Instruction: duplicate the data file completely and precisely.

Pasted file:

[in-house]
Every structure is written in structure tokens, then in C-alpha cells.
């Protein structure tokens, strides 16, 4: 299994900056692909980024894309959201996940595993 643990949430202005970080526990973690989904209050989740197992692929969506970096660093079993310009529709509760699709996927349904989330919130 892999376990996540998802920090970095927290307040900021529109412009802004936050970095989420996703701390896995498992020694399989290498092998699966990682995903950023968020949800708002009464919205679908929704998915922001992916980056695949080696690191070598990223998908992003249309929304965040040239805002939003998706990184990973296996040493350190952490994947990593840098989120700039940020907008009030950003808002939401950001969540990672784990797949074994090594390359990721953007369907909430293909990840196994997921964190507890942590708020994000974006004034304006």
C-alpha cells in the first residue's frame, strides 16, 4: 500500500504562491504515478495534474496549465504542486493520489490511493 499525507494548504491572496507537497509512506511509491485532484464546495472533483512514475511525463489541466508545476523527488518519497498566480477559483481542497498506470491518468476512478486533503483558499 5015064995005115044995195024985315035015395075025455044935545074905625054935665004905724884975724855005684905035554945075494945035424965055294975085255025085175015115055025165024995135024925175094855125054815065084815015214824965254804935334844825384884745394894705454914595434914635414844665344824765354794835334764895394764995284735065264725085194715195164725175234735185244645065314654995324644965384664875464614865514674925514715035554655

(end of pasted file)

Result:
[in-house]
Every structure is written in structure tokens, then in C-alpha cells.
């Protein structure tokens, strides 16, 4: 299994900056692909980024894309959201996940595993 643990949430202005970080526990973690989904209050989740197992692929969506970096660093079993310009529709509760699709996927349904989330919130 892999376990996540998802920090970095927290307040900021529109412009802004936050970095989420996703701390896995498992020694399989290498092998699966990682995903950023968020949800708002009464919205679908929704998915922001992916980056695949080696690191070598990223998908992003249309929304965040040239805002939003998706990184990973296996040493350190952490994947990593840098989120700039940020907008009030950003808002939401950001969540990672784990797949074994090594390359990721953007369907909430293909990840196994997921964190507890942590708020994000974006004034304006």
C-alpha cells in the first residue's frame, strides 16, 4: 500500500504562491504515478495534474496549465504542486493520489490511493 499525507494548504491572496507537497509512506511509491485532484464546495472533483512514475511525463489541466508545476523527488518519497498566480477559483481542497498506470491518468476512478486533503483558499 5015064995005115044995195024985315035015395075025455044935545074905625054935665004905724884975724855005684905035554945075494945035424965055294975085255025085175015115055025165024995135024925175094855125054815065084815015214824965254804935334844825384884745394894705454914595434914635414844665344824765354794835334764895394764995284735065264725085194715195164725175234735185244645065314654995324644965384664875464614865514674925514715035554655